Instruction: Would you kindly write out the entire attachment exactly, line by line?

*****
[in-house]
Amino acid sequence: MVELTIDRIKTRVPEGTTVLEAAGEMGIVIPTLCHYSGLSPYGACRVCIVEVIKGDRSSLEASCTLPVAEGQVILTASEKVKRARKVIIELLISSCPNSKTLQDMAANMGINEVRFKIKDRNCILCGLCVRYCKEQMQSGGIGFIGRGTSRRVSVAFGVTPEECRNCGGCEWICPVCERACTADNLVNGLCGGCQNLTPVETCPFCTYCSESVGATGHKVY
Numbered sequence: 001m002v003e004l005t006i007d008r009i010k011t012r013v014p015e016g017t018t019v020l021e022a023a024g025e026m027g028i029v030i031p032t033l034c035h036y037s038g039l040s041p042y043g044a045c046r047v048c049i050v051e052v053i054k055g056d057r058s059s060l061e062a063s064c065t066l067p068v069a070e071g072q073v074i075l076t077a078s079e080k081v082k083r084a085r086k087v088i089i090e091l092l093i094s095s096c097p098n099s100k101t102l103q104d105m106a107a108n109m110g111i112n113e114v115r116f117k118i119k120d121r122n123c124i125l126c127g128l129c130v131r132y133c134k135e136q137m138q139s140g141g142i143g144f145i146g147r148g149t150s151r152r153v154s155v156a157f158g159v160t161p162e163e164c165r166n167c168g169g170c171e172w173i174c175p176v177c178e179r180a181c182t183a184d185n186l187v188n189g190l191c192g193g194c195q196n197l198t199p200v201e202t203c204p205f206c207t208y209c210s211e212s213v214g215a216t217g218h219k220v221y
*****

[in-house]
Amino acid sequence: MVELTIDRIKTRVPEGTTVLEAAGEMGIVIPTLCHYSGLSPYGACRVCIVEVIKGDRSSLEASCTLPVAEGQVILTASEKVKRARKVIIELLISSCPNSKTLQDMAANMGINEVRFKIKDRNCILCGLCVRYCKEQMQSGGIGFIGRGTSRRVSVAFGVTPEECRNCGGCEWICPVCERACTADNLVNGLCGGCQNLTPVETCPFCTYCSESVGATGHKVY
Numbered sequence: 001m002v003e004l005t006i007d008r009i010k011t012r013v014p015e016g017t018t019v020l021e022a023a024g025e026m027g028i029v030i031p032t033l034c035h036y037s038g039l040s041p042y043g044a045c046r047v048c049i050v051e052v053i054k055g056d057r058s059s060l061e062a063s064c065t066l067p068v069a070e071g072q073v074i075l076t077a078s079e080k081v082k083r084a085r086k087v088i089i090e091l092l093i094s095s096c097p098n099s100k101t102l103q104d105m106a107a108n109m110g111i112n113e114v115r116f117k118i119k120d121r122n123c124i125l126c127g128l129c130v131r132y133c134k135e136q137m138q139s140g141g142i143g144f145i146g147r148g149t150s151r152r153v154s155v156a157f158g159v160t161p162e163e164c165r166n167c168g169g170c171e172w173i174c175p176v177c178e179r180a181c182t183a184d185n186l187v188n189g190l191c192g193g194c195q196n197l198t199p200v201e202t203c204p205f206c207t208y209c210s211e212s213v214g215a216t217g218h219k220v221y